Optimal (MIN): replaces the page that will
not be used for the longest time
+ Optimal
- Does not know the future

Least-recently used (LRU): replaces the
page that has not been used for the longest
time
+ Good if past use predicts future use
- Tricky to implement efficiently
More Page Replacement Policies

Least frequently used (LFU): replaces the
page that is used least often
Tracks usage count of pages
+ Good if past use predicts future use
- Difficult to replace pages with high counts

Example

A process makes references to 4 pages: A,
B, E, and R


Reference stream: BEERBAREBEAR
Physical memory size: 3 pages
Beer?
FIFO
Memory page
1
2
3
B E E R B A R E B E A R
B
FIFO
Memory page
1
2
3
B E E R B A R E B E A R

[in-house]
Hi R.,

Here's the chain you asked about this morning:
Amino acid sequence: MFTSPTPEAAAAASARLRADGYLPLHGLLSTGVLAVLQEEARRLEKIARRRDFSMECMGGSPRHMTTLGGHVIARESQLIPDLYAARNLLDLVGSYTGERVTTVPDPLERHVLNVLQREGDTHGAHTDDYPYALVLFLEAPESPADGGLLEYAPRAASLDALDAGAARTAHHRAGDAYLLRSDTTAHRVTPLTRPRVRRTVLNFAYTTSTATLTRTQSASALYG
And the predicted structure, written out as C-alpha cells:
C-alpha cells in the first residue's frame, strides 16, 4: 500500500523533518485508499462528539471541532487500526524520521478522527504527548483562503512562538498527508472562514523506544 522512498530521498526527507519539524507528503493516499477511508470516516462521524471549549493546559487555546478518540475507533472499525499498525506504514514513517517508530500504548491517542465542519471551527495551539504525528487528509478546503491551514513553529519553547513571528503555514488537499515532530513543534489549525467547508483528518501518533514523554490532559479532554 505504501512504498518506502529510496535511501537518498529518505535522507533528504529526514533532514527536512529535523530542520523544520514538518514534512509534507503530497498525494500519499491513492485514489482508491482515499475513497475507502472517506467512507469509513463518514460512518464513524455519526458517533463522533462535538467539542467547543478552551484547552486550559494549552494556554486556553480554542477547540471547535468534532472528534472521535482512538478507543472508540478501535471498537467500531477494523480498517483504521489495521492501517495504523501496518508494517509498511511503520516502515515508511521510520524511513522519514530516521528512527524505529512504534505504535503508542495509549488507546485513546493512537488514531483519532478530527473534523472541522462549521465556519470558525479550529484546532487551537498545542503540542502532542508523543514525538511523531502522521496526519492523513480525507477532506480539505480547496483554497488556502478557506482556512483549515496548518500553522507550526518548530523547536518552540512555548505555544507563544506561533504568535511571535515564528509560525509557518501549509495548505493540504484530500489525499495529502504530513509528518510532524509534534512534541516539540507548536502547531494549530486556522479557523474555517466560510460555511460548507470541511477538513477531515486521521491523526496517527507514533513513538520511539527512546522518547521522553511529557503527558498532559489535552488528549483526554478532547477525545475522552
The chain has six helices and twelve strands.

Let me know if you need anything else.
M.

B
E
FIFO
Memory page
1
2
3
B E E R B A R E B E A R
B
E *
FIFO
Memory page
1
2
3
B E E R B A R E B E A R
B
E *
R
FIFO
Memory page
1
2
3
B E E R B A R E B E A R
B
*
E *
R
FIFO
Memory page
1
2
3
B E E R B A R E B E A R
B
*
E *
R
FIFO
Memory page
1
2
3
B E E R B A R E B E A R
B
* A
E *
R
FIFO
Memory page
1
2
3
B E E R B A R E B E A R
B
* A
E *
R
*
FIFO
Memory page
1
2
3
B E E R B A R E B E A R
B
* A
E *
*
R
*
FIFO
Memory page
1
2
3
B E E R B A R E B E A R
B
* A
E *
*
R
*
FIFO
Memory page
1
2
3
B E E R B A R E B E A R
B
* A
E *
* B
R
*
FIFO
Memory page
1
2
3
B E E R B A R E B E A R
B
* A
E *
* B
R
*
FIFO
Memory page
1
2
3
B E E R B A R E B E A R
B
* A
E *
* B
R
*
E
FIFO
Memory page
1
2
3
B E E R B A R E B E A R
B
* A
*
E *
* B
R
*
E
FIFO
Memory page
1
2
3
B E E R B A R E B E A R
B
* A
*
E *
* B
R
*
E
FIFO
Memory page
1
2
3
B E E R B A R E B E A R
B
* A
* R
E *
* B
R
*
E
FIFO

7 page faults
Memory page
1
2
3
B E E R B A R E B E A R
B
* A
* R
E *
* B
R
*
E
FIFO

4 compulsory cache misses
Memory page
1
2
3
B E E R B A R E B E A R
B
* A
* R
E *
* B
R
*
E
MIN
Memory page
1
2
3
B E E R B A R E B E A R
B
E *
R
MIN
Memory page
1
2
3
B E E R B A R E B E A R